Family Stories Mark a Family Reunion Commentator Desiree Cooper writes about her most recent family reunion. Her teenaged son was enthralled by family stories. Cooper is a columnist for the Detroit Free Press.

Family Stories Mark a Family Reunion

Family Stories Mark a Family Reunion

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Commentator Desiree Cooper writes about her most recent family reunion. Her teenaged son was enthralled by family stories. Cooper is a columnist for the Detroit Free Press.


The Coopers of Sussex County, Virginia, take their family very seriously. They have an official family logo, a family scholarship fund and, of course, an annual reunion. As the Cooper family's official historian, commentator Desiree Cooper was obliged to attend the reunion this summer.


This year my 80-year-old Aunt Lillian stood before the 27th annual Cooper Family Reunion and told everyone that she hadn't wanted to come. `I don't know what it was,' she said in her gentle way. `I just couldn't get myself together.' We all looked at each other uncomfortably. Lillian is one of only three surviving siblings in my father's generation. She made us all think the unthinkable: Would she be alive to sit at the head table next year?

The Virginia Coopers are strong-willed, argumentative and unexpectedly generous. They were raised by a teeny woman, Annie, who could zing spittle into a spittoon four feet away. It was a miracle that five boys and eight girls sprang from her loins. She was like a glass bottle with a ship inside; you'd stare at her and wonder how all those children got out.

Their father, Roger, was a sharecropper who sold corn whiskey on the side to support the family he had to raise in an abandoned church. My Aunt Lillian was the first of 13 children to finish high school, but the segregated Sussex County Training School canceled the ceremony in 1944 because she was the only graduate. She was invited to join the procession in 1945, but by then she was apprenticing as a dressmaker in New York.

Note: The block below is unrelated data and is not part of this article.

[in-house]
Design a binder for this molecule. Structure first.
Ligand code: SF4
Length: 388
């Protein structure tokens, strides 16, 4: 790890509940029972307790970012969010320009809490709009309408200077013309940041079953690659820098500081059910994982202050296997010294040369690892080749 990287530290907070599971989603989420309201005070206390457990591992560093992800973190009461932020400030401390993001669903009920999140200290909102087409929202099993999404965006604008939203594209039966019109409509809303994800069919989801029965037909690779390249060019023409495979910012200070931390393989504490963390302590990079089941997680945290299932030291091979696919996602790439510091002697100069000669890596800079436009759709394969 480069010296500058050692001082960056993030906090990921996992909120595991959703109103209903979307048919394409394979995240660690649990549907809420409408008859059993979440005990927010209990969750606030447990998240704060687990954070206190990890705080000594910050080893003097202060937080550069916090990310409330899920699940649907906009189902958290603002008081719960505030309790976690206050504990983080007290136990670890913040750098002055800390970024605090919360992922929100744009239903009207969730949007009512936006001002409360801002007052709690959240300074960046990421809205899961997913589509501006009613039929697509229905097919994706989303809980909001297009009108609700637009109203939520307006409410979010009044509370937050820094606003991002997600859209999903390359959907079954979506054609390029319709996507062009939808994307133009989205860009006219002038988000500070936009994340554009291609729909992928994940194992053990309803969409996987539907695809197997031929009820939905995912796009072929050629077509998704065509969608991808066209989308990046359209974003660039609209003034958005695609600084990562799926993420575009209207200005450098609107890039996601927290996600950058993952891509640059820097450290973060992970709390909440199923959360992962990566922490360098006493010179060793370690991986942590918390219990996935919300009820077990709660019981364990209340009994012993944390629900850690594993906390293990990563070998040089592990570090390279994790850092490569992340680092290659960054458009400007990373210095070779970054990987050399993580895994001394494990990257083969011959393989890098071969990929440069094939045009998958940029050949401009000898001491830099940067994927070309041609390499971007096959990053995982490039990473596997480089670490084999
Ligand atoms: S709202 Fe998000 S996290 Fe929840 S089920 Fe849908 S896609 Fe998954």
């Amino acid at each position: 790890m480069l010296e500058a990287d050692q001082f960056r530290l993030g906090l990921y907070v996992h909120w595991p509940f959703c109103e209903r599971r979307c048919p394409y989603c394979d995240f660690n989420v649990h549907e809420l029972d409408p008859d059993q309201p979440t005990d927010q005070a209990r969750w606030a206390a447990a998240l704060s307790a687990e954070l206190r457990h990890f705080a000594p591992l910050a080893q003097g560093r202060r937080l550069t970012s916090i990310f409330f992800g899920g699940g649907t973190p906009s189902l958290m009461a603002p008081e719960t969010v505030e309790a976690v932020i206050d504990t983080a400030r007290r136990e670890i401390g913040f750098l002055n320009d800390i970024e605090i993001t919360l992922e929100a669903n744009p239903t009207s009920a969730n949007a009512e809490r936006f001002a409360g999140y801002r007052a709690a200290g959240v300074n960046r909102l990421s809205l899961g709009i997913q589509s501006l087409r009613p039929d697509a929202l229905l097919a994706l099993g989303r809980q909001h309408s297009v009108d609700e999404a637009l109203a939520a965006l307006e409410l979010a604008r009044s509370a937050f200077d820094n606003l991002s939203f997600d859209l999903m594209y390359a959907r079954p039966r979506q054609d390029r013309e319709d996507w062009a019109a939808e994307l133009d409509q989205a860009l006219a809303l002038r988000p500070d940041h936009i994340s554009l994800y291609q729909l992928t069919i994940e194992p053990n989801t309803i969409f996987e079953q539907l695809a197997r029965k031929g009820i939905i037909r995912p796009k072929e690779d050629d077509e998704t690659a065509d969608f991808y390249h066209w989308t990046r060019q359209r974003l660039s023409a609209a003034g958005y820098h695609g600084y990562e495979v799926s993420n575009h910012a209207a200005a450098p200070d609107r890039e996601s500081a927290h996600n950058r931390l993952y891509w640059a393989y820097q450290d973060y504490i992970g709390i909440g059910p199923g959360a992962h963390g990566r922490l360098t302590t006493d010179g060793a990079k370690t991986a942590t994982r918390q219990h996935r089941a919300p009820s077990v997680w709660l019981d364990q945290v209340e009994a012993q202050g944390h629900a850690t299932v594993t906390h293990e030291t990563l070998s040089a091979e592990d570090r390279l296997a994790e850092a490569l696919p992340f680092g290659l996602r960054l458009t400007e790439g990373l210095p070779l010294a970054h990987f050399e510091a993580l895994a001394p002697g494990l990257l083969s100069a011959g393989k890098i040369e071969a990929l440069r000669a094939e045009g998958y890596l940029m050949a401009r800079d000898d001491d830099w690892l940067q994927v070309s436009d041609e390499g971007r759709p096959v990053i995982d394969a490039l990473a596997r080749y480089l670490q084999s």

If it weren't for the family reunion, one of her grandnephews, now a schoolteacher, would never have heard that story. He decided two years ago that his Aunt Lillian would have her graduation. He contacted Sussex County High, and they gladly put Aunt Lillian on the roster. Last June she put on a cap and gown and got her high school diploma, making her the first and only of the Cooper siblings to graduate from an integrated high school.

That's the kind of thing that can happen when the young get a chance to listen and learn from the old. I watched my son, who is 17, sit in the middle of the room this year with the elders soaking up the stories. He was so engrossed, we started calling him the O.C., the Original Cooper. Before the reunion, he'd been talking about getting a tattoo. We discouraged him. We asked him how he'll explain a Snoop Dogg tattoo to the nurses at the nursing home when he's the one who's 80. But as he left the reunion this year, he declared that he decided on a tattoo. `I'm getting the family logo,' he declared. `Being a part of the family is permanent. It'll never go out of style.'

Aunt Lillian kept saying how tired she was this year, but maybe she wasn't talking about laying down her bones for good. Maybe she had the kind of fatigue that comes from holding things up for so long. But this year the sponsor of the reunion was my cousin, Raymar, who's only 19. I hope Aunt Lillian looked around this year and realized with relief that she's no longer the only one doing the lifting.

SIEGEL: Desiree Cooper is a columnist for the Detroit Free Press and the historian for the Cooper family of Sussex County, Virginia.


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